3. The changing environment
The major change in the internet legal publishing environment is the
diversification of publishing sources, which has consequences for effective
access by users, and funding consequences for AustLII.
There are many reasons why government bodies and courts (`institutions') will
increasingly publish their own primary legal information via the internet -
At present, there are few Australian institutions publishing
their own primary legal materials on the web. Some Australian Parliaments
publish Bills before them, Victorian legislation is availablehttp://www.dms.dpc.vic.gov.au/],
and a few tribunals publish some of their own decisions. No courts do so as
yet. This will gradually change over the next few years.
Users also now have a choice of internet publishers other than AustLII who
offer multiple sources of primary legal materials, with different forms of
value-adding than that offered by AustLII:
- Understanding of web publishing technology is now much broader; though
this is often limited and does not extend to use of search engines.
- Institutions want to control `their' data.
- Institutions can provide `authoritative' copies through use of digital
- Institutions can provide speed of access to their own data that others
should not forget that there is already an enormous amount of valuable
secondary Australian legal information published on the internet - government
reports, parliamentary materials, law journals, conference papers on law firms'
home pages and many other sources. As yet, effective means of access to this
enormous diffuse range of material has not been provided, despite the value of
internet-wide search engines such as Alta Vista.
An environmental change that we notice is the constantly changing and
increasing expectations of users concerning the quality of free legal
information via the web. In 1995 users were delighted to obtain High Court
decisions on the web after only a few months. Now, a delay of a few hours after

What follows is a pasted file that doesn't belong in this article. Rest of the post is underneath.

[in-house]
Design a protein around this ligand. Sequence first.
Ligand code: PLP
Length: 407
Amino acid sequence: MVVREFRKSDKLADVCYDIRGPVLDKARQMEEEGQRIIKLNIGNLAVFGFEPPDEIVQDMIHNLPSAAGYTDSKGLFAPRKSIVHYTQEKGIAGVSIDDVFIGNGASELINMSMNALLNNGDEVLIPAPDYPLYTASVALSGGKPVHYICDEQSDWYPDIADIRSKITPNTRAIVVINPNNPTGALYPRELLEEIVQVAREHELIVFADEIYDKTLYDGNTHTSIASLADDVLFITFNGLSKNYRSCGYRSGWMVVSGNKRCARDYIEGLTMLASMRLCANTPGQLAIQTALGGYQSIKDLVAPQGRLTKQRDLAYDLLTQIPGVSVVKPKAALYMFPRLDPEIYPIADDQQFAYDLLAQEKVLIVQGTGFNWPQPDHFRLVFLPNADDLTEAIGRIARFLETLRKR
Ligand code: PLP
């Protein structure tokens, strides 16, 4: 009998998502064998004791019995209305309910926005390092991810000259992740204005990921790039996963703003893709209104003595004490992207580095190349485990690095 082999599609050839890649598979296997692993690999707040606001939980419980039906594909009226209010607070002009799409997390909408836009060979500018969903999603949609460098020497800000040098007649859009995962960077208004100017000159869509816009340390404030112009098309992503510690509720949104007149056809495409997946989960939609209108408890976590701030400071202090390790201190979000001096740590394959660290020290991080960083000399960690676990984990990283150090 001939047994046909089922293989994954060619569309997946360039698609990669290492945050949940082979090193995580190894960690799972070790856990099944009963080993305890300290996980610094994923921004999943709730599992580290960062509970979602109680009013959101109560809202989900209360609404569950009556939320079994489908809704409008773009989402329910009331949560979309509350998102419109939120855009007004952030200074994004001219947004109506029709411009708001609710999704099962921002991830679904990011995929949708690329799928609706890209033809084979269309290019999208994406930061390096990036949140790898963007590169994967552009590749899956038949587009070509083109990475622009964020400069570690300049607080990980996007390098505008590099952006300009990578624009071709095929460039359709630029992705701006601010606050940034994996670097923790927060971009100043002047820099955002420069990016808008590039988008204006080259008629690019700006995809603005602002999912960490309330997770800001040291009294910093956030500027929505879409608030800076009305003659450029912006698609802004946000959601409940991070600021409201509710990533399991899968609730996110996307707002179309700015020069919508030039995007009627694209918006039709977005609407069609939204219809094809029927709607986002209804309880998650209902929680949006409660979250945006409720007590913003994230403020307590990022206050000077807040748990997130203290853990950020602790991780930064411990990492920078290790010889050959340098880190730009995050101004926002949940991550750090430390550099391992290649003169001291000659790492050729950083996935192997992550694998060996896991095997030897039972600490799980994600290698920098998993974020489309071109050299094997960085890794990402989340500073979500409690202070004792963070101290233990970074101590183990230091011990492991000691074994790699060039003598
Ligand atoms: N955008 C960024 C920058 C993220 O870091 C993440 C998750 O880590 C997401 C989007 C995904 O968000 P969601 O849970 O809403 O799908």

the Court hands down a decision is enough for AustLII to receive `feedback'
mail asking `why isn't decision X available yet, as it has been out for hours?'.
The most unpredictable environmental element in relation to the free provision
of legal information by legal institutions themselves, or by government legal
publishers, are the recurring currents of `privatisation', `outsourcing' and
`user pays', all of which make any free access provision of legal information
by these public bodies unreliable in the medium term (let alone the long term).
No free access provision of legal information by a public body can be
guaranteed to continue, particularly if it is valuable because it is the only
source of that data.
- Commercial legal publishers (at present primarily Butterworths Onlinehttp://www.butterworths.com.au/]
but this will soon change) already provide an enormous amount of Australian
primary materials, with the principal value adding being their high level of
editorial control, plus content enhancements such as catchwords, headnotes, and
- Public sector publishers, to date mainly the Commonwealth
Attorney-General's SCALE+ servicehttp://scaleplus.law.gov.au/]
and the AGPS Osiris service for industrial law, are now providing via the web a
large percentage of the information previously available via internet only
from AustLII. They are increasingly providing different and rapidly improving
forms of value-adding to that provided by AustLII, so users now have a choice
between `competing' technical alternatives.
A major problem with privatisation or outsourcing of provision of primary legal
information is that it can easily be irreversible. When CLIRS created databases
of NSW case law behind the protection of a government-backed monopoly in the
1980s, it not only prevented the development of any competitive commercial
databases, but retarded the NSW Supreme Court's own development of a collection
of computerised case law in public hands for over a decade. See `The Politics
of Public Legal Information'http://ltc.law.warwick.ac.uk/jilt/LegInfo/97_2gree/paper4.htm]
in the AustLII Papers.
If legal institutions do increasingly `self publish', or there develops a
multiplicity of public sector publishers, this has serious consequences for
by legal institutions, and alternative public sector publishers, also has
consequences for AustLII's financial viability:
- Effective legal research will be impeded by a multiplicity of
locations, formats and search engines. Users will have difficulty obtaining
effective and comprehensive access, even to free data. Distributed legal data
presents severe research problems, both in terms of precision and recall.
Existing indexes to law on the internet, and `internet-wide' search engines,
fail to provide a solution to this problem (either in Australia or world wide)
as detailed in Part B of this paper.
- There will be a temptation to institutions to deny other publishers the
right to carry the data, since they are `already providing free access'. A
restrictive approach will help maximise their usage, and will prevent critical
comparison with other versions of the same data.
- There will be a temptation to institutions to try to charge for
access, since publishing costs money.
- Institutions that provide their own data free via internet are unlikely to
be `stakeholders' supporting AustLII's funding.
- General AustLII funding sources may be less inclined to support provision
of any data via AustLII if some other free source (or even a commercial source)